Student Life Archives (2001-2008)

Album Reviews

Bernell Dorrough

The Evolution of Energy
Geffen Records

For fans of:Rage Against the Machine, At the Drive In, the Nation of Ulysses

The debut album “The Evolution of Energy” from L.A.’s S.T.U.N is an incendiary, high-energy political manifesto set to a searing mix of guitar, bass and drums. Yet while the power of the music is undeniable, the intended political message is obscured by a lot of simple buzzwords and catchphrases, leaving the listener confused as to just what this rebellious band is rebelling against.

The album begins with an introduction-a robotic female voice speaking in avant-garde riddles over a sheet of pure noise. The intro seamlessly segues into the first song on the album, “Movement.” Vocalist Christiane F. shouts, “The space between our bodies has been corrupted!” like a mix between Zach de la Rocha and Perry Farrell, and the rest of the instruments come in with a jagged, distorted groove. The song stops and starts over and over in a unique fashion before building to an anthemic, fist-pumping climax. The next two songs fall into a similar pattern, with danceable post-punk beats on the verses and intense, jump-up-and-down choruses. Political slogans such as “The only solution/That speaks for everyone/Stand up for the conclusion/Revolution!” abound.

The undeniable energy of the music-a mix between Rage Against the Machine, At the Drive In, and Swedish post-hardcore anarchists Refused-motivates the listener into an eager trance, but the lyrics fail to deliver on their promise. It is hard to tell exactly what makes S.T.U.N. so unsatisfied with the way things are. There are hints at what the band wants to fight against-traditional gender politics on “Watch the Rebellion Grow,” suburban ennui on “Boredom,” people who aren’t nice to one another on “Love and Chaos”-but while problems are seemingly illustrated, no solutions are given.

Despite the lack of follow-through on the band’s politically charged lyrics, the album is full of highlights. The veering tempo change from the verse to the chorus on “Here Comes the Underground” is rousing. The choruses of “Love and Chaos” and “Watch the Rebellion Grow” will stick in listeners’ heads for days. The guitars are jagged and noisy throughout the album but by no means off-putting, and the rhythm section maintains a nice, dance-worthy groove throughout. Special kudos go to S.T.U.N. for a cover of Wire’s 1977 classic “Reuters,” and the 30-second blast of “Illegal Operations,” following in that seminal band’s footsteps.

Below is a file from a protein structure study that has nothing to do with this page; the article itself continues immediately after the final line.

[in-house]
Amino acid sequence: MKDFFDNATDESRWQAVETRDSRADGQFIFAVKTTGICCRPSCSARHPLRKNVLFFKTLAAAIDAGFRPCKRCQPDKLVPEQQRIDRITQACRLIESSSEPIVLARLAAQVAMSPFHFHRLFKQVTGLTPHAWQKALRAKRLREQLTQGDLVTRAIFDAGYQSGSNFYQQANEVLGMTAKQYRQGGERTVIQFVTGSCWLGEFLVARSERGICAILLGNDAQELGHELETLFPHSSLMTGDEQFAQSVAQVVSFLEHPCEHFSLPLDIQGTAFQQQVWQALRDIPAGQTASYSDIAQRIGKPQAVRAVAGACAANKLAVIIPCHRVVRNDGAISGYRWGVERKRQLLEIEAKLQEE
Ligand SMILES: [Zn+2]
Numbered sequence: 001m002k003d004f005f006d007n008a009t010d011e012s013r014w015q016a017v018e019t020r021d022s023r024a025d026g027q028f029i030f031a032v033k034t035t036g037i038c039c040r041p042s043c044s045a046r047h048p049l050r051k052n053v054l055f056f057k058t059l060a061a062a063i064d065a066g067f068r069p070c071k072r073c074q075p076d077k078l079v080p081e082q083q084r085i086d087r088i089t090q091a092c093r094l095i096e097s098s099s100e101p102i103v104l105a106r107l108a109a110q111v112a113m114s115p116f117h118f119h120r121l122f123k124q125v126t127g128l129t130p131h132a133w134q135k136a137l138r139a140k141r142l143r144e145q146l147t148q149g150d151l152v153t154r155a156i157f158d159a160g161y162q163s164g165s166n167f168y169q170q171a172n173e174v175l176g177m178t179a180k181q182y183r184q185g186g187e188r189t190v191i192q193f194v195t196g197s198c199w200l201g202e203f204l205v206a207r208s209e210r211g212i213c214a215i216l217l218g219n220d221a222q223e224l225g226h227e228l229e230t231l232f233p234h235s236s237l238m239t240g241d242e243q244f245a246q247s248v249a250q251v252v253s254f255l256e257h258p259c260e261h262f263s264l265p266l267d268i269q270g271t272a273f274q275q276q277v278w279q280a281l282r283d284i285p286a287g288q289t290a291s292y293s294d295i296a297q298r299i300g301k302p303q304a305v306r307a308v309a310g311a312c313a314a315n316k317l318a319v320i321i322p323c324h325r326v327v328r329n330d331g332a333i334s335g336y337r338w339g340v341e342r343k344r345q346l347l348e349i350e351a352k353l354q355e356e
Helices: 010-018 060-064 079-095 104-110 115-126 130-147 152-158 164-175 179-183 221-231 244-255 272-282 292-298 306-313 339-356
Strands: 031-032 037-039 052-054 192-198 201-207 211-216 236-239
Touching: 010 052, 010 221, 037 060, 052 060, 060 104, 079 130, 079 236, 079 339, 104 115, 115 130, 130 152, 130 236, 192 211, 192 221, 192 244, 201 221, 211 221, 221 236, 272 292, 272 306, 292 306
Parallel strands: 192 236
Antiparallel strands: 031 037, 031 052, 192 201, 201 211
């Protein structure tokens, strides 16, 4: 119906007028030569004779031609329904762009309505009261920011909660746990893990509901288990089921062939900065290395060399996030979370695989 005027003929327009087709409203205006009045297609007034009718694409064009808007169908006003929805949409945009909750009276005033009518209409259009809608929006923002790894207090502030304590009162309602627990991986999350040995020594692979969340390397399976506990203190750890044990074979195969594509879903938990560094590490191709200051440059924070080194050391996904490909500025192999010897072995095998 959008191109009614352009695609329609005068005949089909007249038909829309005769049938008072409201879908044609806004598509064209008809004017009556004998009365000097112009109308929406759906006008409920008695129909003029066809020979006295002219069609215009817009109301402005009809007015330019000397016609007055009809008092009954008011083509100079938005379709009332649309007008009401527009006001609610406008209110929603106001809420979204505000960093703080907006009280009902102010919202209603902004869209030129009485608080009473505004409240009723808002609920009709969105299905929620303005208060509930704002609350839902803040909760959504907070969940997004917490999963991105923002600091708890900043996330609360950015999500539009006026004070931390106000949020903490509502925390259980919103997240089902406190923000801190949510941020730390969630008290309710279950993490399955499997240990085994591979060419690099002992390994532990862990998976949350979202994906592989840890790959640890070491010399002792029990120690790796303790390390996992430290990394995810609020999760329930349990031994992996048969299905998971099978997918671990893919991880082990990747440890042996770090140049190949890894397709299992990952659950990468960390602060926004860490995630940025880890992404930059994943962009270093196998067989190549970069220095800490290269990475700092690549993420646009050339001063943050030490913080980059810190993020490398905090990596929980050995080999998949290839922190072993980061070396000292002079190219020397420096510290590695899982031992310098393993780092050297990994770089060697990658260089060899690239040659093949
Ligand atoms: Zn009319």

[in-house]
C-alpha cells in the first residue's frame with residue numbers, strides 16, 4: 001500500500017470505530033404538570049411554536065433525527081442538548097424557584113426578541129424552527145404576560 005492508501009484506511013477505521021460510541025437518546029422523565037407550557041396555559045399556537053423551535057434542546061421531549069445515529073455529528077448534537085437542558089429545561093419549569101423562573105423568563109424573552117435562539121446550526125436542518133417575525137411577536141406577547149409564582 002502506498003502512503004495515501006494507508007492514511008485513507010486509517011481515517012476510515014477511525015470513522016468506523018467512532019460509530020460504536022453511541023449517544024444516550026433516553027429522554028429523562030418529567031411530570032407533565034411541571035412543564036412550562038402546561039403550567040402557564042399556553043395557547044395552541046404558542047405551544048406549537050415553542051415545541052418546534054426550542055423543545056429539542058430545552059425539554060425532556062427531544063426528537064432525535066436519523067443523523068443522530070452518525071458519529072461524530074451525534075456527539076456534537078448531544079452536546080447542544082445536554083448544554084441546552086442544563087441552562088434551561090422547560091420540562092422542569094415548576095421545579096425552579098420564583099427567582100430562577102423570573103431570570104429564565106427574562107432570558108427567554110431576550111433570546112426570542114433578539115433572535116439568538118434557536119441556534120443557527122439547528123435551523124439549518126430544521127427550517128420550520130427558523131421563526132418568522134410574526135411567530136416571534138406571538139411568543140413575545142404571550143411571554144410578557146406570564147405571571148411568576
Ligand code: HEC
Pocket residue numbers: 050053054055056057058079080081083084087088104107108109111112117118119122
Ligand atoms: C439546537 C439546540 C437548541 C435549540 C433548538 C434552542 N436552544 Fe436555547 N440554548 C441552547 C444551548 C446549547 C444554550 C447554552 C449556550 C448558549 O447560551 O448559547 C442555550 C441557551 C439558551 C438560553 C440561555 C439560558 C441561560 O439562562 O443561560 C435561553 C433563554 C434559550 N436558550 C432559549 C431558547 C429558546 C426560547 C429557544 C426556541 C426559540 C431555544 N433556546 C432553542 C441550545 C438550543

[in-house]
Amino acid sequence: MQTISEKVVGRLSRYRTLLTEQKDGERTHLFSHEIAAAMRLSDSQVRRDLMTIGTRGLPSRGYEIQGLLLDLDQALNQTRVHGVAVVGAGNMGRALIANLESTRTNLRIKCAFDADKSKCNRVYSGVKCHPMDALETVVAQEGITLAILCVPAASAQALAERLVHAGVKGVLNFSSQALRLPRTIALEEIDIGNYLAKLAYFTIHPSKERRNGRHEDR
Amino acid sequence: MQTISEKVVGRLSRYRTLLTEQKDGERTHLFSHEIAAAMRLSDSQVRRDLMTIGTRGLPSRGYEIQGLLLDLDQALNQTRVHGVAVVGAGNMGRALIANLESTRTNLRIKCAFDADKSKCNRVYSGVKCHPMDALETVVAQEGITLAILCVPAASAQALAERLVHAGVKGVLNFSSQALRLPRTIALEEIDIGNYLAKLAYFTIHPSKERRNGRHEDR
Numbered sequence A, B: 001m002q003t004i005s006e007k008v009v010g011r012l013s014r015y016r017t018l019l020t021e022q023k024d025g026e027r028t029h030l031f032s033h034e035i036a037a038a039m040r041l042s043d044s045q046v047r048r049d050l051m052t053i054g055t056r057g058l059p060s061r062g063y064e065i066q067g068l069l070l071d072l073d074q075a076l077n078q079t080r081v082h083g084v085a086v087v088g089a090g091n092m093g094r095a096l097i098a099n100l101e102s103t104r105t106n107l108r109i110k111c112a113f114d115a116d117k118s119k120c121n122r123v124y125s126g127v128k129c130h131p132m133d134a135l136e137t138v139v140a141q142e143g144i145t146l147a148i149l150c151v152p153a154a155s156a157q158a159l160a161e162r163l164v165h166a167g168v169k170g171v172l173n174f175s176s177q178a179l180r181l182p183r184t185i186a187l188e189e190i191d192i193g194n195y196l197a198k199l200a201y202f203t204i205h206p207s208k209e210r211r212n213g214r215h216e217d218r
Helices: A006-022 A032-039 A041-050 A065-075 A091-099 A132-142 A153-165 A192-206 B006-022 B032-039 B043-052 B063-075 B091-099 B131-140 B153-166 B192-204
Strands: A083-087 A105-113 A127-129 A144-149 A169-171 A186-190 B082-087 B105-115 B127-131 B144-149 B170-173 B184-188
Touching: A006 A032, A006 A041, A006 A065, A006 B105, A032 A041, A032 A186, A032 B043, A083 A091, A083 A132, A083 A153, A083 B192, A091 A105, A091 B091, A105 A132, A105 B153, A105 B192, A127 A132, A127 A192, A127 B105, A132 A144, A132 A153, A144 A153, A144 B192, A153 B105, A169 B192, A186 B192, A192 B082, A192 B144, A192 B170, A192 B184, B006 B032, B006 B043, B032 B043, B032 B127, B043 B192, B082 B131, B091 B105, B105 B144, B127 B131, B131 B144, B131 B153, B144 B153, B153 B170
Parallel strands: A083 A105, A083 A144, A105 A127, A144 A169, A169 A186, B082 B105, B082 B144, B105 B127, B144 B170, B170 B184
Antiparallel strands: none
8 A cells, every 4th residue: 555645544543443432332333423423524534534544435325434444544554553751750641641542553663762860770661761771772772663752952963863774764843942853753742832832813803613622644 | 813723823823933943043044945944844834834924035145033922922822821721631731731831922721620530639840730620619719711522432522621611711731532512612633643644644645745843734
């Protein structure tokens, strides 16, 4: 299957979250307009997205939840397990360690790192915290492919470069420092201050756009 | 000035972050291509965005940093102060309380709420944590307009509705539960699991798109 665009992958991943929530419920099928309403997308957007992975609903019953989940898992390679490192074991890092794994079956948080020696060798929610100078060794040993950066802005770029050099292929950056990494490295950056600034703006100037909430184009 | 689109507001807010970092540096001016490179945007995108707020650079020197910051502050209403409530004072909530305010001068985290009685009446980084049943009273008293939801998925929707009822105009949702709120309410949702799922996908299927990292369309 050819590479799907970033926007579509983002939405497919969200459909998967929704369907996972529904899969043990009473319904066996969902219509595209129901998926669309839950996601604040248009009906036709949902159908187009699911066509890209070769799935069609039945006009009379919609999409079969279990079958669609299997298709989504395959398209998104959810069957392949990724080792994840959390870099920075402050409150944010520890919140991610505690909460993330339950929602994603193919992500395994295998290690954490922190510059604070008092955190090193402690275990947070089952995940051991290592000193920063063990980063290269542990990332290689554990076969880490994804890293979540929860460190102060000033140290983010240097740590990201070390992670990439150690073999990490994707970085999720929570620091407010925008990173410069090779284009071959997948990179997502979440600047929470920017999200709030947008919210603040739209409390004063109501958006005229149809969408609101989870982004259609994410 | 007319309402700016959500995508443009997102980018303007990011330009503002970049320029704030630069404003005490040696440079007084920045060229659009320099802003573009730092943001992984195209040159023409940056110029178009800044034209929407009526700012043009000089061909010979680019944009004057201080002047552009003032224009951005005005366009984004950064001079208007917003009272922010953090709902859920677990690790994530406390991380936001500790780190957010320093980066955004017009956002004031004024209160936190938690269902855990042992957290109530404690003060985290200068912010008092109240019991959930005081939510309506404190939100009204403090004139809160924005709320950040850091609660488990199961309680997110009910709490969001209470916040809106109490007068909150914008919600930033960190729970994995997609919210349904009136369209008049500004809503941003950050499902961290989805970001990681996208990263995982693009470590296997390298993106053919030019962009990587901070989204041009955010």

With “The Evolution of Energy,” S.T.U.N. has released a promising debut. Like many young bands, though, they need to mature a bit before they’ll be nearly as important as they think they are. Grade: B- Final Word: Rebellious band is better with hooks than politics.

Various Artists
Saddle Creek 50
Saddle Creek Records

For fans of: Dischord Records, K Records, Kill Rock Stars Records

Omaha’s Saddle Creek Records, much like Washington, D.C.’s Dischord, has long documented a thriving local music scene making waves just below the national consciousness. With several of the label’s bands receiving a lot of press and recognition in the past year-the Faint, Cursive, and especially Bright Eyes-the label has commemorated its success with “Saddle Creek 50,” a sampler featuring the most prominent bands of the Omaha scene.

The album is a two-disc set featuring one previously released song and one new song from all of the bands currently on the label’s roster. Disc one begins with new wave synth pop revivalists the Faint, who contribute “Worked Up So Sexual” from their album “Blank Wave Arcade” and the unreleased “Take Me to the Hospital.” The Faint maintain a sense of humor about themselves while being very serious about making music that could be construed as silly. The result is fun dance music with an angry edge.

Disc one continues with the lush, laid back pop of Now It’s Overhead and Rilo Kiley. Both bands contribute songs that are delicate and pretty, but with just the right amount of fuzz and angst. Following them is Cursive, who contribute the stunning, nakedly emotional “The Martyr,” from their “Domestica” album. A tale of a failing marriage set over slicing distorted guitars, the track is probably the standout effort of disc one. Their unreleased track, “Nonsense,” adds horns and cello to the noise of guitars, resulting in a clatter that is reminiscent of some of Tom Waits’ work.

The highlights of disc two all belong to Conor Oberst, the most recognizable face from the Omaha scene and Saddle Creek Records’ resident star. The tracks from his post-hardcore band Desaparecidos crackle with adolescent anger and effectively convey the frustration of youth living amidst suburban sprawl. Bright Eyes, the project which has led some overenthusiastic critics to call Oberst the “New Dylan,” closes out the album with two soft, wistful tracks. The mix of folky intimacy and punk rock anger in Bright Eyes’ music makes it something special.

“Saddle Creek 50″ also includes songs from Azure Ray, Son, Ambulance, Sorry About Dresden, and Mayday, who create various types of indie pop with varying quality. As a sampler, it is priced cheaply, with two discs of music for less than the price of one. As such, it is a bargain, and a good way to check out one of the most important scenes in indie rock before it either implodes or is corrupted by mainstream influence. Grade: B+ Final Word: A good, cheap way to check out some of the coolest bands around.

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